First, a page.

And then, the summons. My turn and I'm led back into one of the exam rooms. Today I read the name on the machine: "Mammo-mat"; the vice that flattens that breast into a pancake. Nice. I've never seen the same technician twice in all these years of repeated mammograms. This one was prompt and efficient, going about her work with intention and care but little humor. Of course, she may have been reacting to my vibe which was serious and stoic.

Four views, two on each side. The images populated the screen within seconds and the technician showed me the pictures. I haven't a clue what's OK and what's not OK. I don't ask what she thinks much as I'd like to. She'd say she couldn't comment, I'm sure. I'll have to wait for the formal reading.

And then, it's over. Reverse order: past the inner sanctuary with other women quietly reading magazines to the re-dressing area and around the corner to the reception desk and out the door. I'm done. Slowly the anxiety creeps in. I feel it in my upper arms and shoulders, a tightening refusing to relax. Try as I might to divert my attention, the physical sensation will persist and my mind will periodically be pulled from the present moment to the future, the what if? question.

Two points:

The mammography suite has become an art form over the years; moving from a meager extension of the existing department of radiology to a distinct entity. Privacy is respected. No longer do women sit out in an exposed waiting room where the world walks by and the sign above reads "Mammography Department". The inner sanctum resembles a spa. If I weren't so edgy, I'd want to stay there all day and read magazines and ponder life, maybe with a glass of Sauvignon Blanc at my side.

Secondly, I can't escape the escalating anxiety over the results. The waiting time is short, way shorter than most women wait to learn of their results but I'm a gal that wants most things NOW. Once I get the good news, all that tension is history and the mammography suite evaporates; until next year around the same time..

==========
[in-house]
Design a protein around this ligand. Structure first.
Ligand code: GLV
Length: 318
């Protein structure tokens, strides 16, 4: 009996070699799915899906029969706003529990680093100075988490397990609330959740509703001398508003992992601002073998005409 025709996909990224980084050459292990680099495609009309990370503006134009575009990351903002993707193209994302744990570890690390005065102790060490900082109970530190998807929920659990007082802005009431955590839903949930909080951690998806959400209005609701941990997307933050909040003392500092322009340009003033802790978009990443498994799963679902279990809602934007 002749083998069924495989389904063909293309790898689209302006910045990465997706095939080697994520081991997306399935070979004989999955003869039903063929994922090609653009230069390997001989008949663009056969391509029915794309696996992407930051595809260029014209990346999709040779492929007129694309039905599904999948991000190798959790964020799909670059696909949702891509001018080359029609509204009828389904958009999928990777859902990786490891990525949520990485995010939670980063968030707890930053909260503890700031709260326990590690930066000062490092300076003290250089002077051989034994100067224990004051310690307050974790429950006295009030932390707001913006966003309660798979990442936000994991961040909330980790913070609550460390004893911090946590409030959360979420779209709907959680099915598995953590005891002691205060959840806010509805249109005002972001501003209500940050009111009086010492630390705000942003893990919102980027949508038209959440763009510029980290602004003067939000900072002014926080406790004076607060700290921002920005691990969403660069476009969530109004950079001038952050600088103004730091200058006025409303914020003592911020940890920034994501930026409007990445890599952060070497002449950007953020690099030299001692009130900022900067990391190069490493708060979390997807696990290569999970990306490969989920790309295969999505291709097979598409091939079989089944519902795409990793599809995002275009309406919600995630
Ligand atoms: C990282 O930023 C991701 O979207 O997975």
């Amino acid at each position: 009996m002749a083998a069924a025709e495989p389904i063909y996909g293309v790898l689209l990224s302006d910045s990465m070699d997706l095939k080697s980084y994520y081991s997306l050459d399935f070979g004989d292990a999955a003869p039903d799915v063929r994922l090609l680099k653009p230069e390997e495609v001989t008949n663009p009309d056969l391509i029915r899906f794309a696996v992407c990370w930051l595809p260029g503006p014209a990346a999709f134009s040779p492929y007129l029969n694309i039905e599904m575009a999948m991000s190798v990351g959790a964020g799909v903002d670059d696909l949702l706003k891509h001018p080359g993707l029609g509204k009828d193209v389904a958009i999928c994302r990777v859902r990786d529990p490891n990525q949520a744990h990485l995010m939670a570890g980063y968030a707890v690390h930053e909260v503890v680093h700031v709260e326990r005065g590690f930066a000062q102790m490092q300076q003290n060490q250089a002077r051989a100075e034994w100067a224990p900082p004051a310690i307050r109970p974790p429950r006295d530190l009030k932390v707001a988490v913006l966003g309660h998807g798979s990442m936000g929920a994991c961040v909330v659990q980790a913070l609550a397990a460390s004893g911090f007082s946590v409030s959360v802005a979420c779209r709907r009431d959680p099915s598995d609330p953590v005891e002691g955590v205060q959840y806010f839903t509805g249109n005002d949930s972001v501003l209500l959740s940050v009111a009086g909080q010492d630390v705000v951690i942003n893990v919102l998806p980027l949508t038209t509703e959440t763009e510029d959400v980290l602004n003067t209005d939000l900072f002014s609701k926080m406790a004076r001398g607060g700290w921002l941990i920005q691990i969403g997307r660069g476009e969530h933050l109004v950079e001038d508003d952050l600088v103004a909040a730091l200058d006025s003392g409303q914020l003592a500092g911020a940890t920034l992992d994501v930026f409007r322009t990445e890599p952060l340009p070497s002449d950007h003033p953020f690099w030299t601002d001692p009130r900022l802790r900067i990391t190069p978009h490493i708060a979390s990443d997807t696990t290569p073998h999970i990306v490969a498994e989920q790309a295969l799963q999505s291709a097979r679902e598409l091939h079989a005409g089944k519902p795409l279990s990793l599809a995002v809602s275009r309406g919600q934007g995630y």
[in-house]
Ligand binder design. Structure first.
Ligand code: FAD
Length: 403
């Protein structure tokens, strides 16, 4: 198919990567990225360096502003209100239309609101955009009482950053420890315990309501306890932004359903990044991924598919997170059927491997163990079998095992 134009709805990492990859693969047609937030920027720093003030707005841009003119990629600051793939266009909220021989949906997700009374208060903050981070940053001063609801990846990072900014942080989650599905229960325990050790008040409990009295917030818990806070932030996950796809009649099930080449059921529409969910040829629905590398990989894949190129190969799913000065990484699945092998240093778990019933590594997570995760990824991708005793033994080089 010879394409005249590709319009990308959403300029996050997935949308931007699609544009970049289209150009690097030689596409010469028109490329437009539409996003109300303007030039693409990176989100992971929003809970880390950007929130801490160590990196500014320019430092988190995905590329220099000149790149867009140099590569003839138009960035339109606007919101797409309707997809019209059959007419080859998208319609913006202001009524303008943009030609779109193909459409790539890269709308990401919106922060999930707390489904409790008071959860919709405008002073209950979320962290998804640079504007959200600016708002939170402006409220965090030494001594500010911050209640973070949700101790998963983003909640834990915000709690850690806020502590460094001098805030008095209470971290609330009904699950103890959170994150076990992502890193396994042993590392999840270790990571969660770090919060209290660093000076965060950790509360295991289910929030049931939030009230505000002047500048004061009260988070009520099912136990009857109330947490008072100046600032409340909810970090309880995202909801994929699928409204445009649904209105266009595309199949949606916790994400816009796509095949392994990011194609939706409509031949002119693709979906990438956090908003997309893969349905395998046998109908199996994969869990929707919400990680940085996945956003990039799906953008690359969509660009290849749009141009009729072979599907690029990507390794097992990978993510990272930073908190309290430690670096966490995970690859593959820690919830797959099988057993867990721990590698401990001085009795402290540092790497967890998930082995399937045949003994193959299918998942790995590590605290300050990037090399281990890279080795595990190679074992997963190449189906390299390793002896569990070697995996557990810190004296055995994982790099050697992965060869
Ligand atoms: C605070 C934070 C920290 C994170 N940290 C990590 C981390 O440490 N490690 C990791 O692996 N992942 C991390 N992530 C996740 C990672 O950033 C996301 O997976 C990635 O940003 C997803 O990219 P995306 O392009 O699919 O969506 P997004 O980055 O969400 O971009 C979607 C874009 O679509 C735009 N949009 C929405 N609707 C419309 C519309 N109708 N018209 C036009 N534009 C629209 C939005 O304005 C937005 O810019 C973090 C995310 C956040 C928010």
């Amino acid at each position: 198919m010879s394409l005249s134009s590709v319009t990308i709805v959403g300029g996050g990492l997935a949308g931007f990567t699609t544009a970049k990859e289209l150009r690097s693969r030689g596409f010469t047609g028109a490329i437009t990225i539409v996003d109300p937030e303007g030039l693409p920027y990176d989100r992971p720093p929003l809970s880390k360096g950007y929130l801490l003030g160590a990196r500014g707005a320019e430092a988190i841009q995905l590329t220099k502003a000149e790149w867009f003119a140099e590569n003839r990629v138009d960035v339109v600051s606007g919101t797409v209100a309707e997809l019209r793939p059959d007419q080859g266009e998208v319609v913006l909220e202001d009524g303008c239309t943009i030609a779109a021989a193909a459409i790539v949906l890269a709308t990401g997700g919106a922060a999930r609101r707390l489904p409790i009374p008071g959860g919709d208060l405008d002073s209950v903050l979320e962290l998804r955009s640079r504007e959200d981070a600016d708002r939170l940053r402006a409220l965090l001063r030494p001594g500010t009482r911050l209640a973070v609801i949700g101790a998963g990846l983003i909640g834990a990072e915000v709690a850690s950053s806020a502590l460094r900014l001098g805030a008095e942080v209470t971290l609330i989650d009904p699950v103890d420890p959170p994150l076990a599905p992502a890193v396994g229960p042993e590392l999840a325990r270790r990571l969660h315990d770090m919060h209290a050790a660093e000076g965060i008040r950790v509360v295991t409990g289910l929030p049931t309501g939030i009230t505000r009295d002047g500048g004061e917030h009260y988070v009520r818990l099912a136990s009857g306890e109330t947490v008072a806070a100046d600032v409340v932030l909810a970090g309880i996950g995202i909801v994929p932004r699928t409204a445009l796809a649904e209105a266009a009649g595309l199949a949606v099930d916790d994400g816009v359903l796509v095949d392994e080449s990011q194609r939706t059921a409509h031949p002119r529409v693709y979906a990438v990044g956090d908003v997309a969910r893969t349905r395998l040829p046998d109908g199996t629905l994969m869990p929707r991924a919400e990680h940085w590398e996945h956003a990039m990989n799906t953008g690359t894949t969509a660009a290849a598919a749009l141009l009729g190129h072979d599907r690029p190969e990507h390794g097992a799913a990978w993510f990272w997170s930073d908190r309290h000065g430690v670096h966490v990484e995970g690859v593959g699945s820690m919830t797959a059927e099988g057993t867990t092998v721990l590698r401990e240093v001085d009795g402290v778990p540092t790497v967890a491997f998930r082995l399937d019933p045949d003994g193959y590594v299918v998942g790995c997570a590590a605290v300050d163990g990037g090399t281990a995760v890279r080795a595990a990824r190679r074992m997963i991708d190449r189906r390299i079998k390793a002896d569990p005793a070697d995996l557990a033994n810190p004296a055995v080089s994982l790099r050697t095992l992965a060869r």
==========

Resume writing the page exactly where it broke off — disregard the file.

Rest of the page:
Sunday, January 15, 2012

Thoughts to Consider

"We cannot do great things on the Earth, only small things with great love."

"There is a terrible hunger for love. We all experience that in our lives--the pain, the loneliness. We must have the courage to recognize it. The poor you may have right in your own family. Find them. Love them."

--Quotes from Mother Teresa (1910-1997)

This is the second day I've focused on quotes. I'm going within. Thinking. Pondering. Some people say it so well.

Saturday, January 14, 2012

Great Question: Great Answer

Always in search of a pithy, powerful quote on the meaning of life, I came across this fifteen word sentence that made me sit back and smile as I invited this thought into my mind. Yes; if this isn't "it", then it's close enough for me.

See what you think.....

"The central purpose of each life should be to dilute the misery of this world." 

Karl Menninger spoke these words, He was born in 1893 and went on to become a famous psychiatrist. He was a co-founder of the Menninger Clinic in the 1920's, a clinic with a revolutionary approach to the treatment of persons with mental illness.  The Menninger Clinic, opened in Topeka, Kansas but more recently relocated to Houston in affiliation with the Baylor College of Medicine.

This quote resonates with me. I've not read or heard a more succinct statement of why we are here on this earth.  There are endless ways to dilute misery. Every one of them counts. Life and love are verbs. Let's, all of us, get going.

Sunday, January 8, 2012

A Commitment (of sorts) to Healthier Eating

Does a week of "being good" constitute a commitment to healthy eating? I hope so. The fact that D and I are BOTH following Weight Watchers makes for mutual reinforcement . No, we aren't going to meetings; this foray into health is on line, consistent with the times, I suppose. We started on New Years Day.